Many enterprises spent the start of 2009 reeling from the financial damage created in the fall of 2008. So, some of our readers were a bit leery of our prediction that the growth of video adoption might thrive this year.  However, there are new business models—such as managed video/telepresence and public video facilities—which may lower the barrier for enterprise adoption, eliminate the need for an expensive up-front capital expenditure and allow users to build an appetite for video. Yet, we still have nine more months left to see if there is still hope for the adoption of video in enterprises worldwide.  Perhaps more importantly, we still have nine months to see how much the market will recover.




Leading in Difficult Times

Posted by famous Apr 11, 2009

It's challenging out there and almost everyone is feeling the pinch.  The depressing news about the global economic situation can be tough to hear day in and day out but I try to keep a glass-half-full perspective and there are some advantages to the current environment if you look at it as an opportunity.


When faced with difficult circumstances, organizations suddenly become much more malleable.  I look at these downturns (and we've been through them before) as a chance to rethink how my team is working.  Cutting expenses can be the trigger but the opportunity is about so much more then taking x% out of your operating costs.  These situations present an opportunity for leaders to implement change.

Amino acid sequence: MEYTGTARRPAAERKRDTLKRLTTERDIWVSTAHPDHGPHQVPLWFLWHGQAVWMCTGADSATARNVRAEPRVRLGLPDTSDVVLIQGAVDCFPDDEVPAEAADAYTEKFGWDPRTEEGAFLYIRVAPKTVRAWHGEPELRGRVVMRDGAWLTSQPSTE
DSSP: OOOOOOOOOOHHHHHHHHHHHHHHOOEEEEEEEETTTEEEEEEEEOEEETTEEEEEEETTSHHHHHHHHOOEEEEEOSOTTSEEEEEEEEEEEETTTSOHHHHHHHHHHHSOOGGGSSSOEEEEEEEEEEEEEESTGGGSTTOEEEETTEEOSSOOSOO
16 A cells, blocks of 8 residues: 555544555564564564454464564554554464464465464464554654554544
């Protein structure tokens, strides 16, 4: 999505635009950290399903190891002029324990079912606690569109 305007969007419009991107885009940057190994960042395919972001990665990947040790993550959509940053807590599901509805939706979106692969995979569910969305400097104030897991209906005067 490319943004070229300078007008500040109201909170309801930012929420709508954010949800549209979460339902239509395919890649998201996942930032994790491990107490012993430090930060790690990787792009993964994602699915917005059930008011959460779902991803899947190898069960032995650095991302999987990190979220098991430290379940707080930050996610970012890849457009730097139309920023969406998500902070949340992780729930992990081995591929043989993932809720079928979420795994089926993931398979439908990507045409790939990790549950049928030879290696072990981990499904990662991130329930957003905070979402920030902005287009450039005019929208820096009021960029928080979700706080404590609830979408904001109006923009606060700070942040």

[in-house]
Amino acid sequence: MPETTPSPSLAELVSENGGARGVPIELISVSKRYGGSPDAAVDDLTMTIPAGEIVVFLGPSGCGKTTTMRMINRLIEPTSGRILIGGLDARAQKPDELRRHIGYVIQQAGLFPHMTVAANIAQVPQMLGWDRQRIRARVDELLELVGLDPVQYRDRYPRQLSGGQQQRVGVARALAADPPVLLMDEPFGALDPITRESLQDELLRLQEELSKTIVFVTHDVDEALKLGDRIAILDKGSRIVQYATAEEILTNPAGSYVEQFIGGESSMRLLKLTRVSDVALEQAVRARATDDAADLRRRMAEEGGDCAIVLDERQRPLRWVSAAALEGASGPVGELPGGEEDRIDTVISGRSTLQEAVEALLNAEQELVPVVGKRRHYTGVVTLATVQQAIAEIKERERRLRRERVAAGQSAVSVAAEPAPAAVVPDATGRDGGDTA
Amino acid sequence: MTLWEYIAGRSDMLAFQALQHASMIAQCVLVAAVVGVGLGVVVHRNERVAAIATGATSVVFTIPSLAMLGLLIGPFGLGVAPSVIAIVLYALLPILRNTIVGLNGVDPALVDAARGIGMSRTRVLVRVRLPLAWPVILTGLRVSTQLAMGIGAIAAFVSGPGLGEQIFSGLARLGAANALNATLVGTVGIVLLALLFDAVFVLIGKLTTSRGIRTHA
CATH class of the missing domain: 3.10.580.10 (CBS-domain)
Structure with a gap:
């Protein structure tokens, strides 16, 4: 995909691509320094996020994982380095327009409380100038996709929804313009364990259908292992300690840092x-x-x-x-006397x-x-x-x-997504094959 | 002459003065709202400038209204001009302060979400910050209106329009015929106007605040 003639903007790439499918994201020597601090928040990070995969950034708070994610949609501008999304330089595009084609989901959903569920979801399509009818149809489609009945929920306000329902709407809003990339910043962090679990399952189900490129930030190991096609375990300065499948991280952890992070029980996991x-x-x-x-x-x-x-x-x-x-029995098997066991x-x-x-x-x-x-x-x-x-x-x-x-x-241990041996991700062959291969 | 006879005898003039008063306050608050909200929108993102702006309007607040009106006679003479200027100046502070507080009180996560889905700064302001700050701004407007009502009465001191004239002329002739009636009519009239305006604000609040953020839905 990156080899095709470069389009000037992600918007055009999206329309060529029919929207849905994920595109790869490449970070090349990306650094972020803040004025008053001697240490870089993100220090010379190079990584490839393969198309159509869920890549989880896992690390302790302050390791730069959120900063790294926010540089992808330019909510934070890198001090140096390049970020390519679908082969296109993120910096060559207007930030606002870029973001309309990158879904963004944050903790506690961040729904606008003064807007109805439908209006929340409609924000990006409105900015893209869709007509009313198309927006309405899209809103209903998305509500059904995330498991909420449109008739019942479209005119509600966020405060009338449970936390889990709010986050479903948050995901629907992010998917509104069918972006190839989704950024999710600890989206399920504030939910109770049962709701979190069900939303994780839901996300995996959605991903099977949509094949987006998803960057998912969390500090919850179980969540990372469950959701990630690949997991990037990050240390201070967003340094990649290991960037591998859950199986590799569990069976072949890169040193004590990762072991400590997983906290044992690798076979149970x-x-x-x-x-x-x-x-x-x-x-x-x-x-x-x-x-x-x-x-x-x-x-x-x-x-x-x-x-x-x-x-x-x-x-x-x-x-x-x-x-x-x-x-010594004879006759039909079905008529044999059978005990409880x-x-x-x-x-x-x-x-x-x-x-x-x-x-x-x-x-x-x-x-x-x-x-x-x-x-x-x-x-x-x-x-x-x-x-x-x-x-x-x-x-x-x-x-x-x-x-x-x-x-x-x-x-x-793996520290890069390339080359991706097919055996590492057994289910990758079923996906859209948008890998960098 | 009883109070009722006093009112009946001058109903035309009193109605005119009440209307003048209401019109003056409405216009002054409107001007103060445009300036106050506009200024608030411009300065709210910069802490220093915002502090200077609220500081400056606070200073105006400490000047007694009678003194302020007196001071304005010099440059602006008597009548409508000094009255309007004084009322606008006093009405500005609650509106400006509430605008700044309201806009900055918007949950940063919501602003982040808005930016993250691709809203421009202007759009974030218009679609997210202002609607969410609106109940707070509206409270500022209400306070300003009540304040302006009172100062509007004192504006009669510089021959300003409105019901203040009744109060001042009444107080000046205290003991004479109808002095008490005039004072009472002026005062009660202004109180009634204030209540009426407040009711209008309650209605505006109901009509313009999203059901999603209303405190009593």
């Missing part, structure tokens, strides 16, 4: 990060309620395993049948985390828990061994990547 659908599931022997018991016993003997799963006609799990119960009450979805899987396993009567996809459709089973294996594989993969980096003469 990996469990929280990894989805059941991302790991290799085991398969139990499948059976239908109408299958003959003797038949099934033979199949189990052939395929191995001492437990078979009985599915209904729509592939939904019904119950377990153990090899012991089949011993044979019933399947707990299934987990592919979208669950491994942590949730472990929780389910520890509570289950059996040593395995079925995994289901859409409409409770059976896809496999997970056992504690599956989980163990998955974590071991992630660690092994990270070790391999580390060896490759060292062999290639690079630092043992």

An example of a Cisco sacred cow that's recently been changed is bottled water.  At Cisco we've always had bottled water in our break rooms, free to all employees.  This was a nice convenience but it came with a large cost in terms of expense, waste, and the environment.  I believe the estimate is that we disposed of 20,000,000 bottles of water per year.  Even with recycling, that's a huge environmental costs and oh yes it cost the company millions of dollars too.


We recently put in filtered water machines at our site.  We carry around their own cups and fill them from filtered water machines.  My wife purchased me a SIGG.  It's a little too fancy for my taste but it's a very fine vessel.  I call it the "Cadillac of water bottles".  I'm probably dating myself with that description.